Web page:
AAA Forecasts More Thanksgiving Travelers on the Road This Year

There will be hundreds of thousands of more drivers on the road during Thanksgiving week than there were last year, according to the AAA, and the estimate means that this year is the fourth one in a row that the U.S. sees more travelers during the holiday.

A total of 43.6 million people will be going 50 miles or more between Nov. 21 and Nov. 25, a 0.7 percent jump from the 43.3 million traveling last year, according to the AAA. Ninety percent of those, or 39.1 million, will be traveling by car, an increase of 0.6 percent from 2011.

An increase in car rental rates is accompanying the increase in car usage, with daily rental rates jumping $10, going from $37 last year to $47 this year.

Along with a 1.7 percent decrease in the number of air travelers, this year’s increase in car travel has also impacted the average distance traveled compared with last year, falling 16.7 percent, from 706 miles to 588 miles.

Risk for Fatal Crashes Goes Up During Holiday

Groups are warning motorists that more people on the road means higher risk for all manner of roadway incidents. Unfortunately, fatal crashes are likelier, too.

“With substantially increased traffic volume over a short period, this combination is a recipe for potential disaster,” Dr. Allen Parrish, a professor at the University of Alabama and director of its Center for Advanced Public Safety (CAPS), said in a statement.

While speeding, driving while intoxicated and weather all contribute to fatal crashes, those factors are “exaggerated by the activity of Thanksgiving week,” according to CAPS.

The research institute found that speeding was a significant problem for Alabamians during the holiday, when speeding was reported as the “primary contributing circumstance” in twice as many crashes when compared with other weeks in the year.

In 2010, there were 431 deaths behind the wheel during the Thanksgiving period running from Wednesday night to Monday morning, according to the Fatality Analysis Reporting System (FARS) that is maintained by the National Highway Traffic Safety Administration (NHSTA).

That figure puts the Thanksgiving period’s fatality numbers above other holidays measured by FARS, including New Year’s Day, Memorial Day and Labor Day. The Thanksgiving period, however, is the only four-day holiday period; all others were three-day periods.

FARS also shows that a relatively high percentage of fatal crashes during the Thanksgiving holiday involved drunk driving. Forty percent of fatal collisions during the Thanksgiving period in 2010 involved drivers with blood alcohol concentrations at the legal limit (0.08) or greater. Only New Year’s Day had a higher rate, at 48 percent, while Memorial Day showed the same 40 percent rate.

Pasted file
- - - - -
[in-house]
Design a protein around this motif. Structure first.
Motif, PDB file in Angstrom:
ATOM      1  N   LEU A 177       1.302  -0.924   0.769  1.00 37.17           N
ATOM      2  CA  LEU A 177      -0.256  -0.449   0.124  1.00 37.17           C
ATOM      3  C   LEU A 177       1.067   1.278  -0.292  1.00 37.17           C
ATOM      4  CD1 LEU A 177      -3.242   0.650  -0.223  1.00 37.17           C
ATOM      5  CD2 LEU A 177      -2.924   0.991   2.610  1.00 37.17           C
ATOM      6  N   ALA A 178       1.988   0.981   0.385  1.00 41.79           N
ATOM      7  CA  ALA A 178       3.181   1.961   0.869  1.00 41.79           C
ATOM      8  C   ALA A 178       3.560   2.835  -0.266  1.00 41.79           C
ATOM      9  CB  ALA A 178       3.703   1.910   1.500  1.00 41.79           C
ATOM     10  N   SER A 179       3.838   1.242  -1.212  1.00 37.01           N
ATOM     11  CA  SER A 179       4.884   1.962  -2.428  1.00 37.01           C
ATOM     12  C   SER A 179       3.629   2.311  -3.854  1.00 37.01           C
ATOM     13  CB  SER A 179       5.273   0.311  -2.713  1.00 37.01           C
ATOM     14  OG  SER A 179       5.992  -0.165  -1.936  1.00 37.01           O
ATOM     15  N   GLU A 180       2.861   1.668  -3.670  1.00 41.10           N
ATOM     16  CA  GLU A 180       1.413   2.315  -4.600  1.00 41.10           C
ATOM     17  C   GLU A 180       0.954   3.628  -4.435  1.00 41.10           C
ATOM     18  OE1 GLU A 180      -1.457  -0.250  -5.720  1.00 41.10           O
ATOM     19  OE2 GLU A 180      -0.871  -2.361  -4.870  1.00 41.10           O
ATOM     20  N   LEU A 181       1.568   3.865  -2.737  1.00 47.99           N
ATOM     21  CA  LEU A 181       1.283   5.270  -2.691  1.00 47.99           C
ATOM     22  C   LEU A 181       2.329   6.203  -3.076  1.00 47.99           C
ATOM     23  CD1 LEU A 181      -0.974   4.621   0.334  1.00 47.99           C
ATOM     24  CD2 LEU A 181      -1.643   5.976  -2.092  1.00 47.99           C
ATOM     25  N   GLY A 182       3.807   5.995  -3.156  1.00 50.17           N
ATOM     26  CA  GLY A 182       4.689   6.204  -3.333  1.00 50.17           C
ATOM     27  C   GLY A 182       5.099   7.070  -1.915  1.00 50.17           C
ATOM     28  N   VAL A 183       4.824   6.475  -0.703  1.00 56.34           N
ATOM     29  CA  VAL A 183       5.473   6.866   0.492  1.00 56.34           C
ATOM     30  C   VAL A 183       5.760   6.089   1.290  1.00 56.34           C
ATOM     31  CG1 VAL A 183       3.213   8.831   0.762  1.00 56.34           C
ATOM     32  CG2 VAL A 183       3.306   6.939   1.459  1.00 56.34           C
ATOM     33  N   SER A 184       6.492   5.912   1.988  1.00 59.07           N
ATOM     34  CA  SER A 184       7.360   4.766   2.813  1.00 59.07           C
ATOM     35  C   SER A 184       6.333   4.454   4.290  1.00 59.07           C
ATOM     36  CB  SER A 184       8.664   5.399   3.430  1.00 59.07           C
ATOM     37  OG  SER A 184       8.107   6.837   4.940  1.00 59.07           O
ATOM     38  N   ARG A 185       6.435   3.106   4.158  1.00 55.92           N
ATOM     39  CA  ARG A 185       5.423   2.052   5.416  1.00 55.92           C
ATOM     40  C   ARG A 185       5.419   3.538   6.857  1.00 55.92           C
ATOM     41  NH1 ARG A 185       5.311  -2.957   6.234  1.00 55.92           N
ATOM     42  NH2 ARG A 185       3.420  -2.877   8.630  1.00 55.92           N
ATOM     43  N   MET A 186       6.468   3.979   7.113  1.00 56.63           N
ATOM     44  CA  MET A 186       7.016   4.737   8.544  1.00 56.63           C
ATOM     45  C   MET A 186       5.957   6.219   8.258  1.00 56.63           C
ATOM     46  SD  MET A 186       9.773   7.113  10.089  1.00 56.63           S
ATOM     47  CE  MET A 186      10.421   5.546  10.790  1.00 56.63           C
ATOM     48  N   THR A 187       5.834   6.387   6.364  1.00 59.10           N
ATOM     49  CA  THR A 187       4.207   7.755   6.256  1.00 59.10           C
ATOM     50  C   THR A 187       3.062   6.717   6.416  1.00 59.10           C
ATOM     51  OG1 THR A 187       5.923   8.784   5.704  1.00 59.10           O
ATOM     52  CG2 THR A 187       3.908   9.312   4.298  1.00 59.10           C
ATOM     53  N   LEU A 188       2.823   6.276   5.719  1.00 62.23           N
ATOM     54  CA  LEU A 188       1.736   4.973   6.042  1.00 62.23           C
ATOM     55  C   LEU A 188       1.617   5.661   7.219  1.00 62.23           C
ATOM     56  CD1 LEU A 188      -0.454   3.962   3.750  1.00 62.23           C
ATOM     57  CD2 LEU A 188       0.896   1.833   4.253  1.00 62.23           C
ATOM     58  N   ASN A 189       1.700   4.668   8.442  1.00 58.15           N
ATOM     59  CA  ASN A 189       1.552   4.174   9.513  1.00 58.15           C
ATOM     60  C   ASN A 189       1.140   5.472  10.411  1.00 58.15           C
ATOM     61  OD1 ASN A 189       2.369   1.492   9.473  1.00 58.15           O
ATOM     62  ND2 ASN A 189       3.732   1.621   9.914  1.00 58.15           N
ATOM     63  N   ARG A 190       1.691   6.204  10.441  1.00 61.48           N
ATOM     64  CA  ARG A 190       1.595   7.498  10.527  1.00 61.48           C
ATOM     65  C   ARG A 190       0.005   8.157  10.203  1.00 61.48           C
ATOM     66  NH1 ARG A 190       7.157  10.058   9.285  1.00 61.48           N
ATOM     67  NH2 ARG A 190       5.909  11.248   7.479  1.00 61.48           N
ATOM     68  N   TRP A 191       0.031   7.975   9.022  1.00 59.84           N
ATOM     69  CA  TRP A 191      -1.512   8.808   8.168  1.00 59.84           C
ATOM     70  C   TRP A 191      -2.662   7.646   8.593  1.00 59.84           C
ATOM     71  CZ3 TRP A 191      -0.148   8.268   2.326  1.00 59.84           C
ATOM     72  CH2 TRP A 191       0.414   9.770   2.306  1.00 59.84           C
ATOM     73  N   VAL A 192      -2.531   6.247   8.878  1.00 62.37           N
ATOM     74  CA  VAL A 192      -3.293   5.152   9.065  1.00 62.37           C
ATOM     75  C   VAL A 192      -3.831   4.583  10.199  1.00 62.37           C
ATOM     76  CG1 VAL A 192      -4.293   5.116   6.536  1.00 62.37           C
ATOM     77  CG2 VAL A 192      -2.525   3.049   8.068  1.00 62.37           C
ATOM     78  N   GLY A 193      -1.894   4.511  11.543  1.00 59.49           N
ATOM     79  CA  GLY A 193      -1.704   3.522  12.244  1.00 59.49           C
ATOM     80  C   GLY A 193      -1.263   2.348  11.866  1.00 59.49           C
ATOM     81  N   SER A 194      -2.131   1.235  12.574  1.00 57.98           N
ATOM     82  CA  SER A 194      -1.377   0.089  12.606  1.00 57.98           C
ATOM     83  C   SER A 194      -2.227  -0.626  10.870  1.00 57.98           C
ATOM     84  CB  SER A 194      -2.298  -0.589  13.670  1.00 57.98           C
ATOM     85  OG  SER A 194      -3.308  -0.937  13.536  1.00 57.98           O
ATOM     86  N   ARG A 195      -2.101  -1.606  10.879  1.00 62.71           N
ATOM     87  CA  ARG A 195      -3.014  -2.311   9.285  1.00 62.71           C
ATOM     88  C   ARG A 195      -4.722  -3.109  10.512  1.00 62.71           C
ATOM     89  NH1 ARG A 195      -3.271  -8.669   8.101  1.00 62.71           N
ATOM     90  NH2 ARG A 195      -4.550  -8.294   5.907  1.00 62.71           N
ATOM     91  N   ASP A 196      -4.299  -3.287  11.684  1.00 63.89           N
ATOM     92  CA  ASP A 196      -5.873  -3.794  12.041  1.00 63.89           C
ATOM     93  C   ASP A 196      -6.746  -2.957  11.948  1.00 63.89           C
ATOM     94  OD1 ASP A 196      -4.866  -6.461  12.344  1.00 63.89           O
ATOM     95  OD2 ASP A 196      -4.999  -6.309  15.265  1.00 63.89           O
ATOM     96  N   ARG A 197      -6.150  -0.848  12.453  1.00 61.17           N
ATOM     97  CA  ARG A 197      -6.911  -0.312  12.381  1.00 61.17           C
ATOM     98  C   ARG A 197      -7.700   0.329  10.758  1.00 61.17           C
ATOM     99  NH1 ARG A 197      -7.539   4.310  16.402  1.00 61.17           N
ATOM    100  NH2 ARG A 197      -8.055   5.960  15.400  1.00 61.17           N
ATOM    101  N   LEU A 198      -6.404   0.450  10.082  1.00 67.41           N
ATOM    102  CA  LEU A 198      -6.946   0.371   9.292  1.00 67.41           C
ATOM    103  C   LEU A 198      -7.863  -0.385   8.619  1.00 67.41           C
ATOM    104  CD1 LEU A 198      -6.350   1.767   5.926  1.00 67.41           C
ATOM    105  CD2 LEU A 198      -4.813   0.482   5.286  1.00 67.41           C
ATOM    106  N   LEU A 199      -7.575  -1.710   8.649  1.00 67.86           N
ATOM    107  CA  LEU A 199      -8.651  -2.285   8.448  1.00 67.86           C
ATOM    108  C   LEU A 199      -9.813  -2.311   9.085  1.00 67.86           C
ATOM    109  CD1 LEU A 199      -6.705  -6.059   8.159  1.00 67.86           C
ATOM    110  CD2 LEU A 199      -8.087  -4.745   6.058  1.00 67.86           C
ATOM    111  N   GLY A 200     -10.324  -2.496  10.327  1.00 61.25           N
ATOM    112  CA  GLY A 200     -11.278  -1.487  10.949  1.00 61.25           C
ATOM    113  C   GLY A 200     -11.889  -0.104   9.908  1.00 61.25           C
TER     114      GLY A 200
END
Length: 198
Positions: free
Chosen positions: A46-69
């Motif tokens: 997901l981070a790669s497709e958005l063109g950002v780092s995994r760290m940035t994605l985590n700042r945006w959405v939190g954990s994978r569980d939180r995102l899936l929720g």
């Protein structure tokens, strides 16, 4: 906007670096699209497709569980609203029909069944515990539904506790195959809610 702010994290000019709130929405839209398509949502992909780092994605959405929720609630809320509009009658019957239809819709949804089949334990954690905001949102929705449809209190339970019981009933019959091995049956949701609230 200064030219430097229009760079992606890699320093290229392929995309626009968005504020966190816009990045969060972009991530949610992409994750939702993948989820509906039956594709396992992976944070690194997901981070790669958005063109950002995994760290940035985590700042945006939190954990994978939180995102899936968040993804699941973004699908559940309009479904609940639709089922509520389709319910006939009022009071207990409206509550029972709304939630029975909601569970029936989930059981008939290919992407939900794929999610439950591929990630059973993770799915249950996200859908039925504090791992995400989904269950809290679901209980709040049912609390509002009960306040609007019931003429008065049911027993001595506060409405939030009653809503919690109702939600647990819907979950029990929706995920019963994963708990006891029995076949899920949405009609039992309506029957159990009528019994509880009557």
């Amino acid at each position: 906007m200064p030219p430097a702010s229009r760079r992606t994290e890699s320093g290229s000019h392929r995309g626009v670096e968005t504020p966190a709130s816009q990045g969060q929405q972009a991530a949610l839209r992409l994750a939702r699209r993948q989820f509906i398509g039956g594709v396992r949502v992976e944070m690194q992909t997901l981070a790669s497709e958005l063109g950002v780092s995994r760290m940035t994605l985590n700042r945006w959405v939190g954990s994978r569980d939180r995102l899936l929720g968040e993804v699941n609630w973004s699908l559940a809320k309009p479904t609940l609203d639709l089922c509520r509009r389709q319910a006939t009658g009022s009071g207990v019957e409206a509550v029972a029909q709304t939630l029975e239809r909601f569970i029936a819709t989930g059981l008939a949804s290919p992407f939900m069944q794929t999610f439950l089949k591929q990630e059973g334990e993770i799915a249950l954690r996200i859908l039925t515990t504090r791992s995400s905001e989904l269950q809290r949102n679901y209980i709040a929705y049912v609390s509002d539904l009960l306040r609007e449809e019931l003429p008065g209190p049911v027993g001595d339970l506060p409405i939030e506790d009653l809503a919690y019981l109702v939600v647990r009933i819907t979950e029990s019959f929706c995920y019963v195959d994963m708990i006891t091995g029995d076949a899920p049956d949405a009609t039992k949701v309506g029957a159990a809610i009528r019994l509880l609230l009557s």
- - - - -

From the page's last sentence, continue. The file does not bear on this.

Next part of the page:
Drunk Driving Carries Insurance Implications

With the higher rates of drunk drivers on roadways during the holidays, it’s important to remember the impact that driving under the influence could have on insurance rates.

Motorists convicted of DUIs can be labeled risky drivers that require high-risk car insurance, a more expensive form of coverage to compensate for their heightened risk. Some insurance carriers who don’t offer high-risk coverage will simply cancel a policyholder’s coverage after a DUI.

An analysis from OnlineAutoInsurance.com found much higher rates after a DUI for a sample male driver living in Los Angeles.

The analysis used four different ages in the sample profile and retrieved insurance premium data from between 8 and 11 insurers, depending on how many were willing to offer coverage.

The analysis found that, for a 20-year-old, a DUI could boost the cost of an insurance policy by as much as 76 percent and as low as 25 percent. The average price hike was a 55 percent increase, meaning about an extra $1,169, according to the analysis.

For a 25-year-old driver, a DUI conviction would increase the average policy cost by 65 percent. A DUI could bring higher insurance costs ranging from 26 percent to 97 percent, according to the analysis.

Groups Urge Safety

This year, the campaign from the NHTSA during Thanksgiving is emphasizing seat belt use as its safety message.

“I don’t care if grandma’s house is just around the corner. Buckle up this Thanksgiving,” reads one NHTSA public service announcement.

The NHSTA also recently released a survey showing that a record-high 86 percent of motorists in the U.S. buckle up, a 2 percent increase from 2011. Seat belt use rates have been increasing since 1994, according to the agency.

The results were most visible in southern states, where seat belt use rose from 80 percent last year to 85 percent this year.

“When it comes to driving safely, one of the most effective ways to protect yourself and your family is to use a seat belt,” Transportation Secretary Ray LaHood said in a statement. “This Thanksgiving holiday, we’re urging everyone on our roadways to buckle up—every trip, every time.”

About Charles Nguyen
Charles Nguyen is an enterprising journalist who reported for Patch.com and the Desert Dispatch and was the editor in chief of the Guardian (the twice-weekly newspaper at the University of California, San Diego) before coming to Online Auto Insurance News.

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